Finley Sch. Dist. - 05/07/15
FINLEY, WA - The FCCLA Chapter at River View High School in Finley was selected to receive the 2015 National High School Financial Fitness Award, sponsored by Family, Career and Community Leaders of America (FCCLA). Financial Fitness is a peer education program created by FCCLA, designed to help youth develop skills in money management, consumerism, and financial planning. The award recognizes chapters that promote making, saving, and spending money wisely.
As the national high school winner, Finley's FCCLA chapter will receive a $1,000 award, presented to them at the 2015 FCCLA National Leadership Conference, July 5-9 in Washington, D.C.

This year's "Penny Pinchers" community service project in Finley was carried out October 2014 through January 2015. Finley FCCLA Advisor, Jennifer Ward, will join Richard Parra, Bayli Picker, and Ame Scalise to represent RVHS at this summer's national conference.

Finley FCCLA students say they chose the "Penny Pincher" project last fall as the most effective way to help their local community. The project focused on teaching both students and adults about finances and how they could work to improve their savings and prepare for a better future.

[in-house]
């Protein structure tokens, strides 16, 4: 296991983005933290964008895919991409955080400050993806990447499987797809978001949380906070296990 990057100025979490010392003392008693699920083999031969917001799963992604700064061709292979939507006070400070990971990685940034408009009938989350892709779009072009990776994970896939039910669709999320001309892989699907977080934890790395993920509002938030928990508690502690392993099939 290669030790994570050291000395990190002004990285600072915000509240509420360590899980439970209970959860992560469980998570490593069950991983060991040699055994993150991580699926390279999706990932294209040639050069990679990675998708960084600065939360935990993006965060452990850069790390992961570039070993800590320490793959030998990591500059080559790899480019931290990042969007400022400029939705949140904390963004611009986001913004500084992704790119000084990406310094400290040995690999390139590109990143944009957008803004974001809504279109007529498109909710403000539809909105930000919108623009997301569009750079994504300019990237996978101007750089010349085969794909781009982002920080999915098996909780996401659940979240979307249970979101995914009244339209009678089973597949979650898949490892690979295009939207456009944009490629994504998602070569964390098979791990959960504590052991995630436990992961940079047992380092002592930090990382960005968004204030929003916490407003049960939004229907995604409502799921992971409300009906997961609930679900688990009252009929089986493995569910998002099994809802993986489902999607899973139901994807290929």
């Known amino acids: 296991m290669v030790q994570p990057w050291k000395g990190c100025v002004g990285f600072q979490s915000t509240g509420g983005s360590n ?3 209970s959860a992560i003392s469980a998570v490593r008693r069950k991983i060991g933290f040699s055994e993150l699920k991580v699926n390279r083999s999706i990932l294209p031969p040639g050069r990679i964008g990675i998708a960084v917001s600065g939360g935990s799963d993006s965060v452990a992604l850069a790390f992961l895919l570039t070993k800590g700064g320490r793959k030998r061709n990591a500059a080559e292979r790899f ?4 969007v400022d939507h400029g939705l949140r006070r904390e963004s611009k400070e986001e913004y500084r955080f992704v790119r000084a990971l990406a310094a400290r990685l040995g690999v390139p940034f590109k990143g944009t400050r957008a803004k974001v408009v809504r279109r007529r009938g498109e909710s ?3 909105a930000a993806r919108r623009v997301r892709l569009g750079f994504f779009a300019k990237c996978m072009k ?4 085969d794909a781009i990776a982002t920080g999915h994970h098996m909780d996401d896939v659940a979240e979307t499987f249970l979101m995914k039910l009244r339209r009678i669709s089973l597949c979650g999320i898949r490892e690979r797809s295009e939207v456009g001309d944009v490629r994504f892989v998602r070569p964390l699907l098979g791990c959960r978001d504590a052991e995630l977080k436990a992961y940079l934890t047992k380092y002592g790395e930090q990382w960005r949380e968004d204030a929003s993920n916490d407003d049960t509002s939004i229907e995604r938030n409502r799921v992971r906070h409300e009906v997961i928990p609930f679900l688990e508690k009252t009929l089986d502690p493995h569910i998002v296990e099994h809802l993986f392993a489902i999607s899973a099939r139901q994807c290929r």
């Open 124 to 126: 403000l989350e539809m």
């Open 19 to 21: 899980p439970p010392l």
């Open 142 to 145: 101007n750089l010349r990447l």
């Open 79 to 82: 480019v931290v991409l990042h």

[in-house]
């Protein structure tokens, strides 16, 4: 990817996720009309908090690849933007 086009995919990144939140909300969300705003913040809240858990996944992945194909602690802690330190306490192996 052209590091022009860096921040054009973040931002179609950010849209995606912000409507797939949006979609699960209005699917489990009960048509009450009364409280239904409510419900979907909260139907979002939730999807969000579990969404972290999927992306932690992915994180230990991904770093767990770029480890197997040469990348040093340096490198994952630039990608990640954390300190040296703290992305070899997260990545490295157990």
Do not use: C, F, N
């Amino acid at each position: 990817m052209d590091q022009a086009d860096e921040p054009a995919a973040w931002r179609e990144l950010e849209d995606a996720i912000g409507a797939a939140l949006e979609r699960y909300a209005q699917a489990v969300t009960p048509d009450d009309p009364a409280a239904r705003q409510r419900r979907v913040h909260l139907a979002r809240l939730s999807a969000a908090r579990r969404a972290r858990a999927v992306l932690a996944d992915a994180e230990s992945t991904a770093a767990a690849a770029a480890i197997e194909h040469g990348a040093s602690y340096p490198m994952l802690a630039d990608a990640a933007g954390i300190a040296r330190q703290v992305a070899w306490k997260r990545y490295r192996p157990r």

For more information on the Finley FCCLA Chapter's award, contact Finley PIO, Molly Curtiss, at 509.544.5787 or mcurtiss@esd123.org.

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Family, Career and Community Leaders of America is a dynamic national student organization that helps young men and women become leaders and address important personal, family, work, and societal issues through Family and Consumer Sciences education. FCCLA is unique among youth organizations because its programs are planned and run by its over 200,000 members.
05/06/15
PacifiCorp bringing new solar facility online
Pacific Power - 05/06/15
PacifiCorp bringing new solar facility online
The project being built in Klamath County will put an additional 5 megawatts of solar capacity to work for Pacific Power customers and be the largest in the state

BLY, Ore. - PacifiCorp will buy the electricity produced by what will be the state's largest solar facility being built on the site of a long-closed lumber mill in this picturesque town 50 miles east of Klamath Falls.